Believers are facing unprecedented levels of violenceby Rachel Halliburton / December 19, 2016 / Leave a comment
The bombing of a chapel adjacent to Cairo’s Coptic Cathedral on 11th December, which killed at least 25 people, marks the latest in a series of violent episodes that threatens the existence of Christianity in the Middle East. The prospect of the extinction of the church in the region where it originated should be one of the dominant stories of our times, yet somehow it is overlooked amid the other tragedies that have followed the Arab Spring. Among the corpses of Sunni Muslims, Shia Muslims, Yazidis, Druze, and Kurds, the bodies of Christians are, for some, just another statistic in the catastrophic breakdown of society.
Yet Christianity is now the most persecuted religion in the world. In 2014, the Pew Report found that Christians were being harassed in 151 countries (Muslims, the next most persecuted group, were oppressed in 135). According to the Christian charity Open Doors, in 2016 North Korea is the worst place to be a Christian, but Iraq ranks second, Syria fifth and Libya tenth. The Middle East has witnessed the most dramatic escalation in atrocities—a fact acknowledged in February when the European Parliament recognised Islamic State’s persecution of Christians and other religious minorities as genocide.
In March, the US House of Representatives followed suit, and in April the House of Commons voted that IS was perpetrating genocide—though the government opposed the motion, arguing the issue should not be prejudged ahead of a possible referral to the International Criminal Court. The excuse sounded hollow in the light of horrific accounts of people being crucified, burned alive, raped or beheaded. In November, the Catholic charity, Aid to the Church In Need (ACN), published a report on persecution in which it described a new form of “Islamic hyper-extremism… unprecedented in its violent expression.”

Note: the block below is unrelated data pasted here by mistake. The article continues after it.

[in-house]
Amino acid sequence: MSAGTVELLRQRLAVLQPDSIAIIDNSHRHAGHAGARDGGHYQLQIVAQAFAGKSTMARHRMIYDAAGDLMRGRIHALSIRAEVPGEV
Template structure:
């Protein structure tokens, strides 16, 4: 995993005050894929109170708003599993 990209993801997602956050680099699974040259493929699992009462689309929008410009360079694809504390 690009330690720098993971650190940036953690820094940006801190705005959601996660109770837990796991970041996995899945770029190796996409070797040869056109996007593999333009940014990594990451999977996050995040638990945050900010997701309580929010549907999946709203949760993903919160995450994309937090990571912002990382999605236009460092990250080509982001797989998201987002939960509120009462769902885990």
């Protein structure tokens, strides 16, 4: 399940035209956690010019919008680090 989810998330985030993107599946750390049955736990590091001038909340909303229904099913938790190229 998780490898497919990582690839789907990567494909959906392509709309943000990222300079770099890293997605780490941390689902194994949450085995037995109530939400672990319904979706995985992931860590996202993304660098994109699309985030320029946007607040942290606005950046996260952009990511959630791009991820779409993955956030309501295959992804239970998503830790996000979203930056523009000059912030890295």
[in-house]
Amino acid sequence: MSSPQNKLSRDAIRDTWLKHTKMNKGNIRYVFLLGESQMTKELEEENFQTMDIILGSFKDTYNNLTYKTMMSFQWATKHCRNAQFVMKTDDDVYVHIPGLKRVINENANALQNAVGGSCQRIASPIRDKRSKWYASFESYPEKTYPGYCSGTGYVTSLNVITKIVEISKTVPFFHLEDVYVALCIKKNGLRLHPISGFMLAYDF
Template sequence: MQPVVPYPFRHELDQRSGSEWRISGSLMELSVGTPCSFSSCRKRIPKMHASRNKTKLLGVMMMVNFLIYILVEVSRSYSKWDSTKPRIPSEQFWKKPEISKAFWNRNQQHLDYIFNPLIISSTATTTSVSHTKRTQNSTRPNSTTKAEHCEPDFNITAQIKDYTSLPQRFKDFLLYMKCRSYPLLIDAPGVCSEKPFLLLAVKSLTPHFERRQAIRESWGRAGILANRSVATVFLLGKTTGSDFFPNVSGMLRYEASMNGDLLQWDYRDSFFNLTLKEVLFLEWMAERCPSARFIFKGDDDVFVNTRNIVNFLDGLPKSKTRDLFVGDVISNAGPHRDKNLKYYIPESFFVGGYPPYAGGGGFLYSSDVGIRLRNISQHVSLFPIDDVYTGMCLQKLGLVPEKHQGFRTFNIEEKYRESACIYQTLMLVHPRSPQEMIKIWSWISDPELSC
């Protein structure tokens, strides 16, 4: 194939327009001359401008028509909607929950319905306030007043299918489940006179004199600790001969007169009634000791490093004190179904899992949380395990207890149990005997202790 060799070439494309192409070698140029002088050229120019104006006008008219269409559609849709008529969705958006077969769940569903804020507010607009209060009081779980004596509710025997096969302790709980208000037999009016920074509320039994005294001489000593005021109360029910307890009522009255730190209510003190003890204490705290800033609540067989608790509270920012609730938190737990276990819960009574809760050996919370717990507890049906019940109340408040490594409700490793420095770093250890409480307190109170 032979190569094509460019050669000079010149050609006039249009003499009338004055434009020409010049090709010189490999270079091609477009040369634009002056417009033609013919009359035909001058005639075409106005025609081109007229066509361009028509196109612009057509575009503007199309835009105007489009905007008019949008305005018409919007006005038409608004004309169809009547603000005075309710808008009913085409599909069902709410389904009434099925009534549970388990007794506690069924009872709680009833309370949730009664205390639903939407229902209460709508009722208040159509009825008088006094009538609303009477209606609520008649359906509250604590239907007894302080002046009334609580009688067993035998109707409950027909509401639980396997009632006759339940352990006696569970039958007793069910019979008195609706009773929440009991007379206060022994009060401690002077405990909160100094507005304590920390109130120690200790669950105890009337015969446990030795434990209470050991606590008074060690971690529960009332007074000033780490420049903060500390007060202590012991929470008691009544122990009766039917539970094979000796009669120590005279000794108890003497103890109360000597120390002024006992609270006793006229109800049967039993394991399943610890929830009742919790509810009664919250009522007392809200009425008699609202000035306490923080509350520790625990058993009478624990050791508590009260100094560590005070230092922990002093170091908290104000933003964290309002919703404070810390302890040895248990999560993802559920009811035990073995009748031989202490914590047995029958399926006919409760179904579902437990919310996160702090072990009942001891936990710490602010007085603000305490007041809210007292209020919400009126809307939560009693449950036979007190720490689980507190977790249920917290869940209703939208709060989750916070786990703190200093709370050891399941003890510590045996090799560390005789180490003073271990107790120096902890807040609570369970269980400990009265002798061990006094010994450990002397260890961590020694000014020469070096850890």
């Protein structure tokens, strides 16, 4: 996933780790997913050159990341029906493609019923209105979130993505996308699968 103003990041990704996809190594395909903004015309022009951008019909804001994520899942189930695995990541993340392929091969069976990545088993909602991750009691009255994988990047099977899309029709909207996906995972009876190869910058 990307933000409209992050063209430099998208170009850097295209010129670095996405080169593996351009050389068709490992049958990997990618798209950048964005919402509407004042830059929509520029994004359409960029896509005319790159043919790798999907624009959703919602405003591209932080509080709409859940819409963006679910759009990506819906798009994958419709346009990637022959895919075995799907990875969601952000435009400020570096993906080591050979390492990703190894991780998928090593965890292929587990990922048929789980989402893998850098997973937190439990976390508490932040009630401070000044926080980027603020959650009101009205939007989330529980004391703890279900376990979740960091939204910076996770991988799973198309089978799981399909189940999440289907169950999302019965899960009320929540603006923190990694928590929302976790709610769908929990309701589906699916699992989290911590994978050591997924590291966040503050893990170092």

At the start of the 20th century, Christians made up 25 per cent of the population in the Middle East and now they only represent 5 per cent, most of whom are in Egypt. Anba Angaelos, General Bishop of the Coptic Orthodox Church in the UK, told Prospect that the Cairo bombing—one of a wave of attacks by militants since 2013—was “sadly expected.” Bishop Angaelos described an “escalation of confidence” among Islamists which is partly due to the advances…